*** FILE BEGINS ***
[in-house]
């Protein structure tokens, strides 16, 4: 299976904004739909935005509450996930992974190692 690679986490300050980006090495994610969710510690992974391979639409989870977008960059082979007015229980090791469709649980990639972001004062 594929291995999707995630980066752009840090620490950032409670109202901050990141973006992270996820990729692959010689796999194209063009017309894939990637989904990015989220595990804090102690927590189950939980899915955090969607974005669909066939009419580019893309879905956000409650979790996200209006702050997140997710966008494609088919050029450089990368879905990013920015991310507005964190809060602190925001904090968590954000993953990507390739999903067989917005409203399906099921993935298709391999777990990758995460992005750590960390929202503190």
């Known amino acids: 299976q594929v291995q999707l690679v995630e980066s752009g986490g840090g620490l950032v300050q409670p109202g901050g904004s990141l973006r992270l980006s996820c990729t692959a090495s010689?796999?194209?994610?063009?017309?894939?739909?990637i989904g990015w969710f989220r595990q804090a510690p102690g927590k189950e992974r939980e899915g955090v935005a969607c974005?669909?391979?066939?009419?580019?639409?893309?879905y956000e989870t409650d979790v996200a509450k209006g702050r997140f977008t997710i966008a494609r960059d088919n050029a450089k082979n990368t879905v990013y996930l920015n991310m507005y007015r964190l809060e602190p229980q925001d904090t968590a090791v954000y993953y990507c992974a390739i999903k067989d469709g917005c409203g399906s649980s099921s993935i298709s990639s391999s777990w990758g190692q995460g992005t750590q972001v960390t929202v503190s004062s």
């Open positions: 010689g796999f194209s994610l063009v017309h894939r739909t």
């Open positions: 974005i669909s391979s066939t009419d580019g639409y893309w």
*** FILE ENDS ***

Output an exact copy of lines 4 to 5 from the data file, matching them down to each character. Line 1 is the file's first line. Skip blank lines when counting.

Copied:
């Open positions: 010689g796999f194209s994610l063009v017309h894939r739909t």
């Open positions: 974005i669909s391979s066939t009419d580019g639409y893309w």